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From: TSS ()
Subject: FSA WARNS 'SUPERBUG MRSA' IN FARM ANIMALS AND HAS SPREAD TO SOME FARM WORKERS AND THEIR FAMILIES
Date: June 25, 2007 at 10:29 am PST

Agency response to MRSA report
Monday 25 June 2007


The Food Standards Agency today reiterated advice on safe handling and
cooking of meat for those worried by a report of a strain of 'superbug' MRSA
in farm animals.

The Soil Association report highlights a new strain of the bacteria
methicillin-resistant Staphylococcus aureus (MRSA) that has developed
amongst intensively farmed pigs, chickens and other livestock, especially in
the Netherlands, where it has spread to some farm workers and their
families.

'The Agency is aware of this issue and we are keeping a watching brief on
developments across Europe,' said Paul Cook of the Food Standards Agency
Microbiological Safety Division. 'However, this is already being considered
jointly by a number of Government agencies. Any possible emerging risk in
the UK will be assessed, and appropriate action will be taken.

'We have only just received the report from the Soil Association, which we
will examine in detail.'

None of the new strain of MRSA has been found in UK food-producing animals.

The Agency's advice on avoiding food poisoning bacteria applies equally to
any strain of MRSA. Proper cooking will destroy MRSA. Guidance on the safe
handling and cooking of food, especially meat, is available at the link
below.

http://www.food.gov.uk/news/newsarchive/2007/jun/mrsa


MRSA in farm animals and meat
A new threat to human health


http://www.soilassociation.org/Web/SA/saweb.nsf/89d058cc4dbeb16d80256a73005a2866/5cae3a9c3b4da4b880257305002daadf/$FILE/MRSA%20report%20Summary.pdf


Full Text of report ;


http://www.soilassociation.org/Web/SA/saweb.nsf/89d058cc4dbeb16d80256a73005a2866/5cae3a9c3b4da4b880257305002daadf/$FILE/MRSA%20report.pdf

greetings,


This is very nasty stuff. Believe it or not, while on my third neck surgery,
after a few extra precautions due to my mom having hvCJD (i banked my blood
once, only use my bone for graph, no bank bone, and some extra precautions
on bone grinder if i recall correctly, all for fear of CJD/TSE, and then
damn near kill me with MRSA. 8 weeks vancomycin, two times a day, 1500 mgs,
and a hole in my hip. so, this is why i keep up with the MRSA and now we
have VRSA, which is vancomycin resistant. then your just sht out of luck,
except for some experimental cocktail of sorts. this is why i have kept up
with not only all the mad cow feed ban warning letters, but also all the
warning letters for Edible Tissues/Adulterated where cattle are so sick when
they go for slaughter, they are pumped up with all these antibiotics and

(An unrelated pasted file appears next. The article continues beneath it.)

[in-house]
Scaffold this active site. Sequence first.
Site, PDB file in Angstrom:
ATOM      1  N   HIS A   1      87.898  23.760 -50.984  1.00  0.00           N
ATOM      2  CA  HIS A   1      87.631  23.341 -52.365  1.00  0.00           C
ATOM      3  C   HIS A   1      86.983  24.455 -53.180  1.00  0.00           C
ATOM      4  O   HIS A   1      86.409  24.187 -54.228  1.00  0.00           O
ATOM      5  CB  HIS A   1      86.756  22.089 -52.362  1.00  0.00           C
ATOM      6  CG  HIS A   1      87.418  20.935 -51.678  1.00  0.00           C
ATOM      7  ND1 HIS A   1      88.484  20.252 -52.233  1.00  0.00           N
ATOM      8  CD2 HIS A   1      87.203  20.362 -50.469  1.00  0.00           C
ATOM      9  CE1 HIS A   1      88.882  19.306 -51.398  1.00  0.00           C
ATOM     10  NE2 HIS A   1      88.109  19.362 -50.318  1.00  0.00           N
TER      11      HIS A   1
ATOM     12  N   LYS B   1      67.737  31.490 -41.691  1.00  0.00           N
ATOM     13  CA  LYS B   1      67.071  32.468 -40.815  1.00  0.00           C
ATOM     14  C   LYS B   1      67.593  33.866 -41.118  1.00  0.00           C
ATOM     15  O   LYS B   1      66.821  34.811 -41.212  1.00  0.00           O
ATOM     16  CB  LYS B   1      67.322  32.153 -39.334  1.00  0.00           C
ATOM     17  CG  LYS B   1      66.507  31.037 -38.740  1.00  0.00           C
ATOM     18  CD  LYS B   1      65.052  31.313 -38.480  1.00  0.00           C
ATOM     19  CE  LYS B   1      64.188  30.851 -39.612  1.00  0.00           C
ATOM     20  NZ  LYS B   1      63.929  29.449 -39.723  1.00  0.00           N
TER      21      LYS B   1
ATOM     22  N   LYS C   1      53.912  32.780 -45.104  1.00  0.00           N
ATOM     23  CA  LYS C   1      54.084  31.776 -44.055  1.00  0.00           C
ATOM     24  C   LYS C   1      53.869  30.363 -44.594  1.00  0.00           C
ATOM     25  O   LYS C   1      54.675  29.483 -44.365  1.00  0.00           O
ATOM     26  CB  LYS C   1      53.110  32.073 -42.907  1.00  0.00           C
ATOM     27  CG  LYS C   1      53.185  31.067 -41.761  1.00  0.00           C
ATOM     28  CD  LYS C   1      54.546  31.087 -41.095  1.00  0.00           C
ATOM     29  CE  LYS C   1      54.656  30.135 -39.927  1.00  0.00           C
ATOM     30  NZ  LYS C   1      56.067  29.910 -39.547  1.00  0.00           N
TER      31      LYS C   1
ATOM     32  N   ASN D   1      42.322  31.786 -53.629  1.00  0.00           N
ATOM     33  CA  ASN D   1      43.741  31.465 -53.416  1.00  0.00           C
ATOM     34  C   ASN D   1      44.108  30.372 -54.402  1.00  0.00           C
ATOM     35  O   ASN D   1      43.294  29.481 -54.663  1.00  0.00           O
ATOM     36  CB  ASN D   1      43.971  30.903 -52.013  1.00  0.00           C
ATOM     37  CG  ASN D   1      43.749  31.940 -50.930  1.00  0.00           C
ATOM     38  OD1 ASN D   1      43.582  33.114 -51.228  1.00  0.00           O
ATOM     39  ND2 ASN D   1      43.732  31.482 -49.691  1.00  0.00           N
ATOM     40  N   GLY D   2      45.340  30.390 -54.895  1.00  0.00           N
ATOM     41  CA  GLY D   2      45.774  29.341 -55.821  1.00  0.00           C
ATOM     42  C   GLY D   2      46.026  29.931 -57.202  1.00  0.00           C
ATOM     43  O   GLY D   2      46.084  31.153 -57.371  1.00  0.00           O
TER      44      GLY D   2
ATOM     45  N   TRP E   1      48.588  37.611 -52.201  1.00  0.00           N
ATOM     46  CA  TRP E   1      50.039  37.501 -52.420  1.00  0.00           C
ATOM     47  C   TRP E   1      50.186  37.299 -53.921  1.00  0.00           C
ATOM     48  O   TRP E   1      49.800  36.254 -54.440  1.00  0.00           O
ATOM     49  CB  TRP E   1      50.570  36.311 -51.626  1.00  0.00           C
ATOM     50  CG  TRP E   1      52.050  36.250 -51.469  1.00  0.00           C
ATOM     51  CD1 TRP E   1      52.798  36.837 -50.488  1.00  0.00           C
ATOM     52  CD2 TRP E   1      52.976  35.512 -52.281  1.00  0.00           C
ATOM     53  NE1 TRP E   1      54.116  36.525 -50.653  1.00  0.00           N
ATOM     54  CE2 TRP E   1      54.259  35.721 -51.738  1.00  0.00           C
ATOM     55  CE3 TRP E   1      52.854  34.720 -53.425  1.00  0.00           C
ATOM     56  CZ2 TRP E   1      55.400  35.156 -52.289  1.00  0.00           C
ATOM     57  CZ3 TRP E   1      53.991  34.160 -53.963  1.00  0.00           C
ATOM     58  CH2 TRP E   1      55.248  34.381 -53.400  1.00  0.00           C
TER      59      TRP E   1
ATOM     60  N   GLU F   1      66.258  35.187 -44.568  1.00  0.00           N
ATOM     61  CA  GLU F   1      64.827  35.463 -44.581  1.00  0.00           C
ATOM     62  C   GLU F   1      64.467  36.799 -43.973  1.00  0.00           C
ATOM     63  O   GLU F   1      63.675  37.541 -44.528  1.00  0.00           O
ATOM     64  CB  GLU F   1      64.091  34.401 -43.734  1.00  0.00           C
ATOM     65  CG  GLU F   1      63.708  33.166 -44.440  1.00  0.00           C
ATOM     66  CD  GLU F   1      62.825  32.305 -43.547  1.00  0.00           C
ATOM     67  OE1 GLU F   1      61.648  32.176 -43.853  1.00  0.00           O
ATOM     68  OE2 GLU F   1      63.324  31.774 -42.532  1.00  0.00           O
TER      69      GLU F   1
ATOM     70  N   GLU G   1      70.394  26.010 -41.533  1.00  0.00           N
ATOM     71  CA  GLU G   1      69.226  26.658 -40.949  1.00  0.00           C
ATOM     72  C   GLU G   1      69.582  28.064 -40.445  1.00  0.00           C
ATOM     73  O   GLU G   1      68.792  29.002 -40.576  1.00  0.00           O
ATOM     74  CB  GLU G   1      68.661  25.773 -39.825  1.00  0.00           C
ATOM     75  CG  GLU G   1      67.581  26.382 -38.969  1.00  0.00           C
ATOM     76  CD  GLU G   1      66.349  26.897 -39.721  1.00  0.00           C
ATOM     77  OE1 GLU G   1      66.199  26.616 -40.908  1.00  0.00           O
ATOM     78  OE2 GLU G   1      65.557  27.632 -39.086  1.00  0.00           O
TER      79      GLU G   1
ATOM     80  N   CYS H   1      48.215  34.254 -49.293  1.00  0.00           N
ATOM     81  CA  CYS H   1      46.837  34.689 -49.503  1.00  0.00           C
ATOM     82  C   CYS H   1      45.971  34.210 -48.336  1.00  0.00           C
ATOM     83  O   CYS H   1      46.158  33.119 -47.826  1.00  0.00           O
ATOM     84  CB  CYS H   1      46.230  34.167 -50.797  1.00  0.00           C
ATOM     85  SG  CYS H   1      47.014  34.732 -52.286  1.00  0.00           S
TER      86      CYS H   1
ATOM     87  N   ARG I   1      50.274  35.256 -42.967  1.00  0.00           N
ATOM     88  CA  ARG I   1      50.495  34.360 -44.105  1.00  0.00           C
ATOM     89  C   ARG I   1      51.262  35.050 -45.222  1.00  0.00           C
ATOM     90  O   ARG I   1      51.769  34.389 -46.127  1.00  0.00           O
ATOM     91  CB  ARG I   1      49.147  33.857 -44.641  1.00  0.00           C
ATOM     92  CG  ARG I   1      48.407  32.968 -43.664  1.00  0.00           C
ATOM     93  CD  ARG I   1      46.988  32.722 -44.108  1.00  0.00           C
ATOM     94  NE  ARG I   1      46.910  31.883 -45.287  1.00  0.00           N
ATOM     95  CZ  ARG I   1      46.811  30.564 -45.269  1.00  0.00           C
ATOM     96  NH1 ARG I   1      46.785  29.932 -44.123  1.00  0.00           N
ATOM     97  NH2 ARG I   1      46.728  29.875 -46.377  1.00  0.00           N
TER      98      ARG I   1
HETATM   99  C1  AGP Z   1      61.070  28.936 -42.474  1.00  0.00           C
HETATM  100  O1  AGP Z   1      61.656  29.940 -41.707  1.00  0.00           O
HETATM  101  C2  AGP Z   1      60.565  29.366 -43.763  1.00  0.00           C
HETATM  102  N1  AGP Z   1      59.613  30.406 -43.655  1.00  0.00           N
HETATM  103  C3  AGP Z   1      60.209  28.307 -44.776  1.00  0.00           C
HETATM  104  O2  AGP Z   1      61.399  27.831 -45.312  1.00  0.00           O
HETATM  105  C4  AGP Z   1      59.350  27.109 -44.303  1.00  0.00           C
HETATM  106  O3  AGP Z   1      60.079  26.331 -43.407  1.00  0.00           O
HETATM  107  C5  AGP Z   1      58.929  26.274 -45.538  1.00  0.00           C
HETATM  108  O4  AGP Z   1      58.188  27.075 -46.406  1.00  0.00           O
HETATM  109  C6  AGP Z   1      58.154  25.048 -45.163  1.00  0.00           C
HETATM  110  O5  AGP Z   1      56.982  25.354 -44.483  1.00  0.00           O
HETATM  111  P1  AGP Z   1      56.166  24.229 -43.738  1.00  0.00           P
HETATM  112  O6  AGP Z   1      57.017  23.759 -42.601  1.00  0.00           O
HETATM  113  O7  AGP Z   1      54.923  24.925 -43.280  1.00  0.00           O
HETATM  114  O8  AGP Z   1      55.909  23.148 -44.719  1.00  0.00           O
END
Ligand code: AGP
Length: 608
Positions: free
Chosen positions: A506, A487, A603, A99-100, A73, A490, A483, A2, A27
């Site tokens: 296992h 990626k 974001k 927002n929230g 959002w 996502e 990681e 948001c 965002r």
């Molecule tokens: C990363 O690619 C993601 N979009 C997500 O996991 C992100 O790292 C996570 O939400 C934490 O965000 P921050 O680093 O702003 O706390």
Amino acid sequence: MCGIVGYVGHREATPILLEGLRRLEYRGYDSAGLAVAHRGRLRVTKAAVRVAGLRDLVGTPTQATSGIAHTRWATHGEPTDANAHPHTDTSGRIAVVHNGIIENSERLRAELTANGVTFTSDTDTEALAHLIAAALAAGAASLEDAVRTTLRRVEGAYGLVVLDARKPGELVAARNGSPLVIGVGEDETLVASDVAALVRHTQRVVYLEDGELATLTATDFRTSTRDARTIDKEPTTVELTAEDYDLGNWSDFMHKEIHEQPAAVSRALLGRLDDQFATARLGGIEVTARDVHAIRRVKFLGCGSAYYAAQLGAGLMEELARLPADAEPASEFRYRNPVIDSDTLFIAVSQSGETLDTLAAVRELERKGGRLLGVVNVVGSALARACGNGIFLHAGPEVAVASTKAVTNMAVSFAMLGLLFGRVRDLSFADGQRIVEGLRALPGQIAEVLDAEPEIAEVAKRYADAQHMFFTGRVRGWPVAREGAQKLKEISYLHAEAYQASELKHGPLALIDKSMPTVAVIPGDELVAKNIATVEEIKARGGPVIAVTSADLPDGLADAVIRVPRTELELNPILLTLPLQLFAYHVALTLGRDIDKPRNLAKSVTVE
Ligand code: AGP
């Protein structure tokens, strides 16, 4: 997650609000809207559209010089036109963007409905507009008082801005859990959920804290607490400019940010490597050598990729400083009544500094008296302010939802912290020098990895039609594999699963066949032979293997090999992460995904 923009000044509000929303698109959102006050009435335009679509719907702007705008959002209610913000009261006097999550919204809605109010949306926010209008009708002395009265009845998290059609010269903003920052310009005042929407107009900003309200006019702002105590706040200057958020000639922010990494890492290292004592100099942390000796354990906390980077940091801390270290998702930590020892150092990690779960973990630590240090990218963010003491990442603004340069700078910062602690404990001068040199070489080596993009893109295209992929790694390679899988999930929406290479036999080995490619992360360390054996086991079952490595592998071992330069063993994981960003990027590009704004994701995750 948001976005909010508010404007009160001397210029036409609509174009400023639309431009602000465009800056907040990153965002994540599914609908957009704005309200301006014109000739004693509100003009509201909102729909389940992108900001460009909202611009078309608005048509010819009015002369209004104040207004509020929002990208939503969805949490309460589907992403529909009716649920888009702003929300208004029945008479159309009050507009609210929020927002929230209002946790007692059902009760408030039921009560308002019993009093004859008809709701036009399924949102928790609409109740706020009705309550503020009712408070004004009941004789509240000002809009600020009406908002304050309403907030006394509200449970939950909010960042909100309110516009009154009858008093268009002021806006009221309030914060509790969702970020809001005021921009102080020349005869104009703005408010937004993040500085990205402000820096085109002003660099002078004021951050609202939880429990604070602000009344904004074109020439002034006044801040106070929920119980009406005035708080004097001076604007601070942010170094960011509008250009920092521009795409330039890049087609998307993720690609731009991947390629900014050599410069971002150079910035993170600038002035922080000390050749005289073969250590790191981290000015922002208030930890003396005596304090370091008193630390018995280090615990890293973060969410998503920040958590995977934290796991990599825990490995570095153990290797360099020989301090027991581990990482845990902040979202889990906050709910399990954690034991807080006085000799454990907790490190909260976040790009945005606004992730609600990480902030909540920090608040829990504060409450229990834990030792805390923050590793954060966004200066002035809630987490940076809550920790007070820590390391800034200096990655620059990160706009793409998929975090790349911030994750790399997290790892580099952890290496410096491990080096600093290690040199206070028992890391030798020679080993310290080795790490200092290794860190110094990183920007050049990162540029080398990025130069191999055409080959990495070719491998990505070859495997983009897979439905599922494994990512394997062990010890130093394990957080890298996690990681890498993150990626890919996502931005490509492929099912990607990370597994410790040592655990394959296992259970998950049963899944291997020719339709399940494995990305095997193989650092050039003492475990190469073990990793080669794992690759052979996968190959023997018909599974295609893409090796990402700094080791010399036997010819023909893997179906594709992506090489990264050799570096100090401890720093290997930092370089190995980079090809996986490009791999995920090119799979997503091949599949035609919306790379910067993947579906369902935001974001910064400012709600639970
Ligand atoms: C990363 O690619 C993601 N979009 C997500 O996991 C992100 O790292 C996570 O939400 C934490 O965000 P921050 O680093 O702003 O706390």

hormones, and then one wonders why we have become resistant to some of these
same type drugs, or why young adolescents have developed so. ....... fast,
well, whatever. on a weekly basis you can go and read something like ;


On or about October 26, 2006, you sold a dairy cow, identified with Back Tag
#[redacted] (possibly [redacted]), lot tag #[redacted], for slaughter as
food at [redacted] in [redacted] slaughtered this cow on or about October
26. United States Department of Agriculture, Food Safety and Inspection
Service (USDA/FSIS) analysis of tissue samples collected from this animal
identified the presence of gentamicin in the liver and kidney tissues. The
level of gentarnicin was not quantified. No tolerance has been established
for residues of gentamicin in the edible tissues of cows as codified in
Title 21, Code of Federal Regulations (21 CFR), Part 556.300. The presence
of gentamicin in edible tissues from this animal causes the food to be
adulterated within the meaning of section 402(a)(2)(C)(ii) [21 U.S.C. §
342(a)(2)(C)(ii)].

On or about October 13, 2006, you sold a dairy cow, identified with Back Tag
#[redacted], Lot Tag #[redacted], for slaughter as food at [redacted]
slaughtered this cow on or about October 13. USDA/FSIS analysis of tissue
samples collected from this animal identified the presence of penicillin at
18 ppm (parts per million) in the kidney tissue and at .12 ppm in the liver
tissue. A tolerance of .05 ppm has been established for residues of
penicillin in the edible tissues of cows as codified in 21 CFR 556.510. The
presence of this drug in edible tissues from this animal causes the food to
be adulterated within the meaning of section 402(a)(2)(C)(ii) [21 U.S.C. §
342(a)(2)(C)(ii)].


http://www.fda.gov/foi/warning_letters/s6389c.htm

unlike the TSE agent, it seems at least you can kill this deadly pathogen by
cooking properly.
oh boy, that makes me feel better about the product.

how and why have we (supposedly the most intelligent species on earth)
become so stupid $$$


TSS




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